Visitors to the Arts Garage are welcomed and encouraged to bring in unused clothing or fabric scraps to create their own prayer flag on site and add it to the installation. Participants can add their inspiration in the form of a quote, poem, song lyrics, saying, statement, or phrase. Patches of cloth can be decorated with a variety of materials and methods. Be creative and have fun!
Your personal flag will then be added to the tapestry of flags strung throughout the gallery space in the Noyes Arts Garage. While your flag is a personal representation of who you are, when all of the flags are placed together it becomes a representation of the city as it is now, and a vision for the future. Community groups are also encouraged to create sections of the prayer flags which can be fastened to the chain of existing flags in the exhibit. Because the inspirations on our Flags for PeACe are meaningful to the people and community groups who created them, they should be treated with respect.
During Sustain Create's Inaugural Community Art Social on the 9th of April, we as the community of Atlantic City will carefully move the peACe flags in one final procession to hang outside of the Arts Garage as a gesture of good-will and compassion to all those who live, work, and visit our city. Just as life moves on and is replaced by new life, the flags will be repurposed into a quilt that highlights the intersection between community, art, and sustainability. Following the completion of the event, the quilt can be displayed at the Noyes Arts Garage and various community centers throughout the city.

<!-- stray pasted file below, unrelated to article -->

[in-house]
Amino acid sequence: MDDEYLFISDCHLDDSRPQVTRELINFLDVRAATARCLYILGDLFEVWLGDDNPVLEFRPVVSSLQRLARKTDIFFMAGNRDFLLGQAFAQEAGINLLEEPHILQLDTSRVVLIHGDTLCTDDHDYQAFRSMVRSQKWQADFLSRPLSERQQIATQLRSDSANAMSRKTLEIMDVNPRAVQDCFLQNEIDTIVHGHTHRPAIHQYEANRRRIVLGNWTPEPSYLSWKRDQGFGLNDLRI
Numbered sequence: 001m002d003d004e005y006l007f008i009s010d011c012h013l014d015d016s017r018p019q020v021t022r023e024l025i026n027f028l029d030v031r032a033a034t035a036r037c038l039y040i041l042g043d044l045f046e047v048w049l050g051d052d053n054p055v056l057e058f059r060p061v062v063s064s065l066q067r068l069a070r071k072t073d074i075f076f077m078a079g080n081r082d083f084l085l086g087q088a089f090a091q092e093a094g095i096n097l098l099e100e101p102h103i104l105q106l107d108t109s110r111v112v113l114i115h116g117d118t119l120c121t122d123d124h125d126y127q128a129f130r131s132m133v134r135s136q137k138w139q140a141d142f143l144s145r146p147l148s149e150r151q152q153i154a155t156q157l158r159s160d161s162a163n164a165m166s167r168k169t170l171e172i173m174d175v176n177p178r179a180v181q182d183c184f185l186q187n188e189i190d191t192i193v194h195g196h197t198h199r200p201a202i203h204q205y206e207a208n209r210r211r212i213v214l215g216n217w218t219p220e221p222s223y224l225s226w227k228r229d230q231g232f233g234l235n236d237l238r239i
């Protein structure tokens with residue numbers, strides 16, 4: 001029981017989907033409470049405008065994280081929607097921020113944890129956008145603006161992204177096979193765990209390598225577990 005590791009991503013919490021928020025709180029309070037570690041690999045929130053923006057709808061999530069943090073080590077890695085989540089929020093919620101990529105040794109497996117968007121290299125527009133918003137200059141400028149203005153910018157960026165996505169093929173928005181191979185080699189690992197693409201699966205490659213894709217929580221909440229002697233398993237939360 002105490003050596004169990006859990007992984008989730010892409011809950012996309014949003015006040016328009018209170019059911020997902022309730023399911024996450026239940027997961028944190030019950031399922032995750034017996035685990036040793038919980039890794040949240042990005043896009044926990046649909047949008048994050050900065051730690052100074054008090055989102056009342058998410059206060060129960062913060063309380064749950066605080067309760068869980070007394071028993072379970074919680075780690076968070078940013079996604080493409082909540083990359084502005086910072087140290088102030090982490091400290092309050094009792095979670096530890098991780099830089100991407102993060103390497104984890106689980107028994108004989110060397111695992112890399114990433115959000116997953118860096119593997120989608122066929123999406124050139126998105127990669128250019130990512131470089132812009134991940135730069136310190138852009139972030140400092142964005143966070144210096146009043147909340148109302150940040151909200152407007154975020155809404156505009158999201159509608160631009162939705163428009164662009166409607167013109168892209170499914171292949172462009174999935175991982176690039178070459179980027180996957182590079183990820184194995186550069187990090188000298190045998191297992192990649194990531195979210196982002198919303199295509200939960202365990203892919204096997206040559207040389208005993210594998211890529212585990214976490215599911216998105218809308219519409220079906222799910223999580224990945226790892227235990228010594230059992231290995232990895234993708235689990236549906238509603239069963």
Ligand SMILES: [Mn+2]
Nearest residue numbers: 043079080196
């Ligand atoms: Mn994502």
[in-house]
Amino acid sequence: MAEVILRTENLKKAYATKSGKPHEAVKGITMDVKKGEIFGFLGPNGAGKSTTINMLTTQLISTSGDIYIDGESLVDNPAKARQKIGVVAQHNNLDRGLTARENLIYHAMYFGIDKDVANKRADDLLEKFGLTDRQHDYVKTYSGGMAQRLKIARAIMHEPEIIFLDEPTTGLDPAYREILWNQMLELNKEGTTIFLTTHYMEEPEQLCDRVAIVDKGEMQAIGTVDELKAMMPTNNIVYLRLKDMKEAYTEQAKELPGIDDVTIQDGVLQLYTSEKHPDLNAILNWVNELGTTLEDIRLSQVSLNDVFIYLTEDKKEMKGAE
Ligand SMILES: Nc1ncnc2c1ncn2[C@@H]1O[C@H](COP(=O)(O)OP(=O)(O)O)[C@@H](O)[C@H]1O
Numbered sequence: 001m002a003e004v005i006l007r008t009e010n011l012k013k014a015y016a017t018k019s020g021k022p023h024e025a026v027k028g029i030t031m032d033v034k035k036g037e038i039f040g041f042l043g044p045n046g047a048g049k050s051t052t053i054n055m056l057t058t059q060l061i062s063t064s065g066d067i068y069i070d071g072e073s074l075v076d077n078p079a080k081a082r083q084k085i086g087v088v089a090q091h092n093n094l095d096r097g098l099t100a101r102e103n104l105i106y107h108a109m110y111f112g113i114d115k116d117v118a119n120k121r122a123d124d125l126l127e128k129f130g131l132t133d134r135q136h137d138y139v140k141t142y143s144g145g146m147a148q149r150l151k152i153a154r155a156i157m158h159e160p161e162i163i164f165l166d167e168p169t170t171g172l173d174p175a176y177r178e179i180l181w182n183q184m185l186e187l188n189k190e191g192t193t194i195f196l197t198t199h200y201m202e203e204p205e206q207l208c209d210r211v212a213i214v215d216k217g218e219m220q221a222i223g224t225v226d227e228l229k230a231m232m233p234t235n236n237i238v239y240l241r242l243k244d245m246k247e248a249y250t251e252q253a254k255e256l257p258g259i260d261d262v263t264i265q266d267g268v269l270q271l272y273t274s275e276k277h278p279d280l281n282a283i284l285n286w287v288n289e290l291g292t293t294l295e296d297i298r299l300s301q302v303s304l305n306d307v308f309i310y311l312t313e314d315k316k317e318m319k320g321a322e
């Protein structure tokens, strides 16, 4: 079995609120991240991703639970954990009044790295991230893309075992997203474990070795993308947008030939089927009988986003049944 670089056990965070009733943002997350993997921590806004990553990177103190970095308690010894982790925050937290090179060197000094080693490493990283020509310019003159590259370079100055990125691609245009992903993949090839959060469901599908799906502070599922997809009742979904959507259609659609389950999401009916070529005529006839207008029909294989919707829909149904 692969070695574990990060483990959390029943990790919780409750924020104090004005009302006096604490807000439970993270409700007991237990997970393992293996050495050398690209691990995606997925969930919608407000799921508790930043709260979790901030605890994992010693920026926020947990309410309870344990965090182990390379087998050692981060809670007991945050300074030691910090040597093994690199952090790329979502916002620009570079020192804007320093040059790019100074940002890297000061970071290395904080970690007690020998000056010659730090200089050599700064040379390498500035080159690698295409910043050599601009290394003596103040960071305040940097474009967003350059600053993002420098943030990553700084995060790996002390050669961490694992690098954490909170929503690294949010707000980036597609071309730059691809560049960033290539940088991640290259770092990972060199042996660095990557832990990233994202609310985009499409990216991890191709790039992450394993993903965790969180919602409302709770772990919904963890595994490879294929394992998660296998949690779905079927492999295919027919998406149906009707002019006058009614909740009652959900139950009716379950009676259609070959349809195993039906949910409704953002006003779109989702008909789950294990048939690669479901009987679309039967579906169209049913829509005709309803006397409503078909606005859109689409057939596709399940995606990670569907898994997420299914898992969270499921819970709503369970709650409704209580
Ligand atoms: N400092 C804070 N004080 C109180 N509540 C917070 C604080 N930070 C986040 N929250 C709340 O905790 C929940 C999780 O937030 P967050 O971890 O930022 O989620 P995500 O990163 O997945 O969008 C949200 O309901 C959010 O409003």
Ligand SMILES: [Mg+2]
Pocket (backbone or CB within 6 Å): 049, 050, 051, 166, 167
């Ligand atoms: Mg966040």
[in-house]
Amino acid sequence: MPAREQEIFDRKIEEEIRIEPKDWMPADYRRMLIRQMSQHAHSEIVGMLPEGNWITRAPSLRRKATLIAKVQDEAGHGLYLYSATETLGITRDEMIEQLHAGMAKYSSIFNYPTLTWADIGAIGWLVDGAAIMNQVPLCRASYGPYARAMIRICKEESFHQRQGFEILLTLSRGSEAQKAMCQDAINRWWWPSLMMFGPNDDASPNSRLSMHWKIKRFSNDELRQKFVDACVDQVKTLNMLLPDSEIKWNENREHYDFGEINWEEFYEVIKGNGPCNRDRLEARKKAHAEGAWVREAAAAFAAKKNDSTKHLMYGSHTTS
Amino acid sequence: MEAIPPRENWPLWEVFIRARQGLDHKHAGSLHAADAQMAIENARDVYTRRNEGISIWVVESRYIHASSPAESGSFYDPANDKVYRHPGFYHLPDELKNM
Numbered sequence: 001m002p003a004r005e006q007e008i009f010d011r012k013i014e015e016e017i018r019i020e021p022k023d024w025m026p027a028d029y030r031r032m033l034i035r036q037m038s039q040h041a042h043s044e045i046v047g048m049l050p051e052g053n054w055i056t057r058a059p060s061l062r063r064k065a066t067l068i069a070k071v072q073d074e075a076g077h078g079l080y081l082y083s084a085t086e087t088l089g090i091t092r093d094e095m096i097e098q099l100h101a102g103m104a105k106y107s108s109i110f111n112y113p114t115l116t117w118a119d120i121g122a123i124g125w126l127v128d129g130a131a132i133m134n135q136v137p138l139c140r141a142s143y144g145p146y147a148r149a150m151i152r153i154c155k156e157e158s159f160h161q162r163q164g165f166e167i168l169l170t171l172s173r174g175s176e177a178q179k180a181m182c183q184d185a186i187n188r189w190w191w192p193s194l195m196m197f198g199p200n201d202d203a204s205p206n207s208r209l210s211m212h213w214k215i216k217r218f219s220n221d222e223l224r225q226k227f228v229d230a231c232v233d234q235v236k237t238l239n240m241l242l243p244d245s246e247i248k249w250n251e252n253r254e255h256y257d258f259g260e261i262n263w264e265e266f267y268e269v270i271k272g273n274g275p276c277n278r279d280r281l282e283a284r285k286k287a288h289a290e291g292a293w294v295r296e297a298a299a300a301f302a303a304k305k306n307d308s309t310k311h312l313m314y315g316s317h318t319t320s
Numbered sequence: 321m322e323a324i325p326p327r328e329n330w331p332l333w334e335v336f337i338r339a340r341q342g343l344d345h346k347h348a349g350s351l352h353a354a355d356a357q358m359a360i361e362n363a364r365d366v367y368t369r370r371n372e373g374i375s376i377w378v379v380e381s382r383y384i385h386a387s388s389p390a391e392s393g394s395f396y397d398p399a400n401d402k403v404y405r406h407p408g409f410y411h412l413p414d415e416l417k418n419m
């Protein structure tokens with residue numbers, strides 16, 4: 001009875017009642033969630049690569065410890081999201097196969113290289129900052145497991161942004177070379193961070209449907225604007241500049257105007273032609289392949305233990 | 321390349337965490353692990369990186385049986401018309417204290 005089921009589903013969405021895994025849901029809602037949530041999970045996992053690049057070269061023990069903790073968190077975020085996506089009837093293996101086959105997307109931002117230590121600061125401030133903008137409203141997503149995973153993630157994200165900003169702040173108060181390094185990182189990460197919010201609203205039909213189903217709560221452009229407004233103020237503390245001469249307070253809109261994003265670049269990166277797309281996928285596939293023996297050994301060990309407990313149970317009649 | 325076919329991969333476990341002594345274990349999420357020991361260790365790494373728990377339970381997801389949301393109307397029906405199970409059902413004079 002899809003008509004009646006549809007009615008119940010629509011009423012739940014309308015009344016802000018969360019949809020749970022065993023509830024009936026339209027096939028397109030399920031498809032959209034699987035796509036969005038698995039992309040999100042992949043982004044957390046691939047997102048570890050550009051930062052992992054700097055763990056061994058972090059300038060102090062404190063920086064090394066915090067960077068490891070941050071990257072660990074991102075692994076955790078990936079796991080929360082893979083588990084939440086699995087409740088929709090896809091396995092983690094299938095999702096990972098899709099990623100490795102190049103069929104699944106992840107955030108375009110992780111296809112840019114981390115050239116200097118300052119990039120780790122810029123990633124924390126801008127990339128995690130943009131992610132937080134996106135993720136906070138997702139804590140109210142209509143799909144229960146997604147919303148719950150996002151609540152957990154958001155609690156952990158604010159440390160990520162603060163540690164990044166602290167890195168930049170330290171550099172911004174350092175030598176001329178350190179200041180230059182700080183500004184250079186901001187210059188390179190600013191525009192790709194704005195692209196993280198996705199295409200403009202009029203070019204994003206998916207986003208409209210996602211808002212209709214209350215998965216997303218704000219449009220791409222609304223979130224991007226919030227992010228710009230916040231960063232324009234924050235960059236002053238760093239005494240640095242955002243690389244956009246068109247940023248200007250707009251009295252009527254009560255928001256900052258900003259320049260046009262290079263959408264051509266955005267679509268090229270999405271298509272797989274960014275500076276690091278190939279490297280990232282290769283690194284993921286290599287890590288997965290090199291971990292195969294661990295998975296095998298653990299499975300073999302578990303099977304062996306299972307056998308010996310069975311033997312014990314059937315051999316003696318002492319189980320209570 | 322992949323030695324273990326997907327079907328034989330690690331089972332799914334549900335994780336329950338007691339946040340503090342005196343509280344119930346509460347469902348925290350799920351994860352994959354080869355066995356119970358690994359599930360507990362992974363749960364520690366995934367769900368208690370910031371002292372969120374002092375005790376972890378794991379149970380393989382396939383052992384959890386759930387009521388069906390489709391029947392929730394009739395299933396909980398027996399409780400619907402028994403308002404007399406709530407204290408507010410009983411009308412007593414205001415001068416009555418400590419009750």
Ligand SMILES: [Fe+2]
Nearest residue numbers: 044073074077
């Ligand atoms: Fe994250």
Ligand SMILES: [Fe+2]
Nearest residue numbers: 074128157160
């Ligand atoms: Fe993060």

The Art of Peace
by Kristina Young
January 19 - February 19, 2016
Kristina Young's art has to be, and always will be, about stopping, breathing, and being in the here and now. Her message and artwork is simple: cherish the moment, live in a positive way, and believe in the healing nature of our earth, the sun, the sand, and the sky. Young's art started as a way to heal herself but it has grown into a way to heal others. She finds that this has been the most rewarding experience of all.